Special Luncheon Talk by Lim Kean Chye

Saturday, 19 January 2008 11:51pm

Contributed by Sunil Lopez and Lai Chee Hoe

Lim Kean Chye PENANG, Sat: After the second session of the day, the young delegates to the 3rd Young Lawyers Convention made their way to the coffee house at the Bayview Georgetown for a spot of lunch. Most delegates would have walked into the coffeehouse and headed straight for the buffet table to satiate their growling tummies and most would have walked past an elderly gentleman and his wife sitting amongst other young lawyers who had gathered around this unassuming couple.

As lunch progressed, Dipendra Harshad Rai stood up and announced that there was a surprise guest amongst us. After an elaborate introduction, he revealed the name of this surprise guest who was none other than the famed lawyer and freedom fighter, Lim Kean Chye.

Lim was called to the Singapore Bar in 1950, and the Malayan Bar in 1961. He comes from an illustrious family which includes Dato’ PG Lim and the late Lim Kean Siew, and was a fearless advocate. In the year 2000, he disliked the way a Judge treated two young lawyers, and from then on decided to quit practice.

Lim spoke, as expected, with the easy confidence of a man who had seen much in his 88 years as boy and man. The tales of his life include surviving a German U-boat attack during World War II and the struggle for independence from the British.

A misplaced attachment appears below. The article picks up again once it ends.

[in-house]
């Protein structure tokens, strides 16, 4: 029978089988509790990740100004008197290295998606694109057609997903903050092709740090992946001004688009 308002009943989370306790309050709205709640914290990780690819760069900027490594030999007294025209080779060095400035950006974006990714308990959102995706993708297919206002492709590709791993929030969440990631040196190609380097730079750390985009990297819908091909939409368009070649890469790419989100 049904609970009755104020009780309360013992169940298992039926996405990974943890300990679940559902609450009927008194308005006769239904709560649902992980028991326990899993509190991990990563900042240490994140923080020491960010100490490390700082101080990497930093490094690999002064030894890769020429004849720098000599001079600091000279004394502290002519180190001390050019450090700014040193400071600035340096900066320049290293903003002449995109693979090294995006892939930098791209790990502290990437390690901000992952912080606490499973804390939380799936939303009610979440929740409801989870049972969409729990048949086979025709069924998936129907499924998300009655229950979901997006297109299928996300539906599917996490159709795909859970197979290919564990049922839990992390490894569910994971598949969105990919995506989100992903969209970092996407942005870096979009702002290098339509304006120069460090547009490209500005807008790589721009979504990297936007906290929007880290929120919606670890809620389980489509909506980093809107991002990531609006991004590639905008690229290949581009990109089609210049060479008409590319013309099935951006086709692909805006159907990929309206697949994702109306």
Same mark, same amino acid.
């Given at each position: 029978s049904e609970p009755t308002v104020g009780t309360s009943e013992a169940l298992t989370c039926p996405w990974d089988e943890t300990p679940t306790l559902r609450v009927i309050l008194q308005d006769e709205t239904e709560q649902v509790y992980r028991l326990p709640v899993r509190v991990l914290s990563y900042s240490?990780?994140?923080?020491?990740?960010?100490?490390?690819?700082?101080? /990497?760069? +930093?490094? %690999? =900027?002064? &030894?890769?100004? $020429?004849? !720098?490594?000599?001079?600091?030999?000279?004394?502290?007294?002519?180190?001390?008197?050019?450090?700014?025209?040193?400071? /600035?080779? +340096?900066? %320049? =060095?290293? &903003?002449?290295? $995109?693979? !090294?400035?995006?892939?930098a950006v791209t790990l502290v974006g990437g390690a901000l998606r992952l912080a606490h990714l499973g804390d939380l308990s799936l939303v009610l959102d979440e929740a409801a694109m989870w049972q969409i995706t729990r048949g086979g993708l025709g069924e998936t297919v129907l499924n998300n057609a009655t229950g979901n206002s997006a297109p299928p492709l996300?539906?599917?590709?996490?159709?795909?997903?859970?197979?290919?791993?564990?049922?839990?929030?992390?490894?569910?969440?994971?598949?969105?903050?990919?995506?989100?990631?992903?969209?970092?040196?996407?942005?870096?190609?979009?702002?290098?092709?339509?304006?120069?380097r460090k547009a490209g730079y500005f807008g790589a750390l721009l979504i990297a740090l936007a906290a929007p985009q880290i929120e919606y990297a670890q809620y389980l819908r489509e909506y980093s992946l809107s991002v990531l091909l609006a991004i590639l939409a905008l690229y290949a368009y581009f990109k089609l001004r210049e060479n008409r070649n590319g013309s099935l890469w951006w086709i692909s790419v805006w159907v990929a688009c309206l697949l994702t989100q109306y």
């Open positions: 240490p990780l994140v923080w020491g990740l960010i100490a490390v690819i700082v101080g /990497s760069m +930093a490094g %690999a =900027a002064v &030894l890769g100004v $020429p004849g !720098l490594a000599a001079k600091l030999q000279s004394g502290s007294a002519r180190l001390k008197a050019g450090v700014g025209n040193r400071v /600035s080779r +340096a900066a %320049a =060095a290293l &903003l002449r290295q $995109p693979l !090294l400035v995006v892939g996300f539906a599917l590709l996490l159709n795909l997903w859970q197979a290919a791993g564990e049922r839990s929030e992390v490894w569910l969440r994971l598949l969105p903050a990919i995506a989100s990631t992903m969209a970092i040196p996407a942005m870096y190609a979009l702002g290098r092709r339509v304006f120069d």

For someone who had himself been through much hardship, he expressed genuine appreciation of the dedication of lawyers today who struggle for a better Malaysia. He is encouraged with the renewed interest of the Bar in advancing the causes of human rights, and acknowledged the efforts of the lawyers seeking to collectively shape the future of our country. On that note, he also believes that the young lawyers should continue to be active towards nation-building initiatives. Nevertheless, he reminded us that there is much to be done in upholding the rights of Malaysians in this day.

Lim was a founder member of the Malayan Democratic Union (“MDU”), which was formed on 21 December 1945. MDU was a political organisation which consisted of English educated Malaysians whose main objective was the assertion of the right to self-governance. He was not liked by the British, “to them I was a scum”.

During the question and answer session, Lim, who lived under the leadership of 5 Prime Ministers in Malaysia, answered that they were similar to the leaders today: “I think they are the same. They still hold on to the principle of UMNO supremacy. The only difference was that the late Tunku Abdul Rahman dies in poverty.”

Lim also explained that it was his mother who motivated him to do the things he did: “She was caring for the sick, poor and needy. She was a very generous person and probably influenced him”.

It was heartening to listen to a man who had fought the good fight in his day for a free Malaysia. Lim’s stories about courage and perseverance in the face of the iron rule of the British Empire in the then Malaya echo today in present day Malaysia where a different struggle rages on for political and societal change.

The tales of his struggles that Lim so willingly shared with budding lawyers during what would normally have been an ordinary lunch proved to be most humbling, refreshing and inspirational.

In appreciation, he received a hearty applause and a ‘Walk For Justice’ t-shirt and cap, which he received with caution, remarking that wearing the t-shirt might lead to his arrest.


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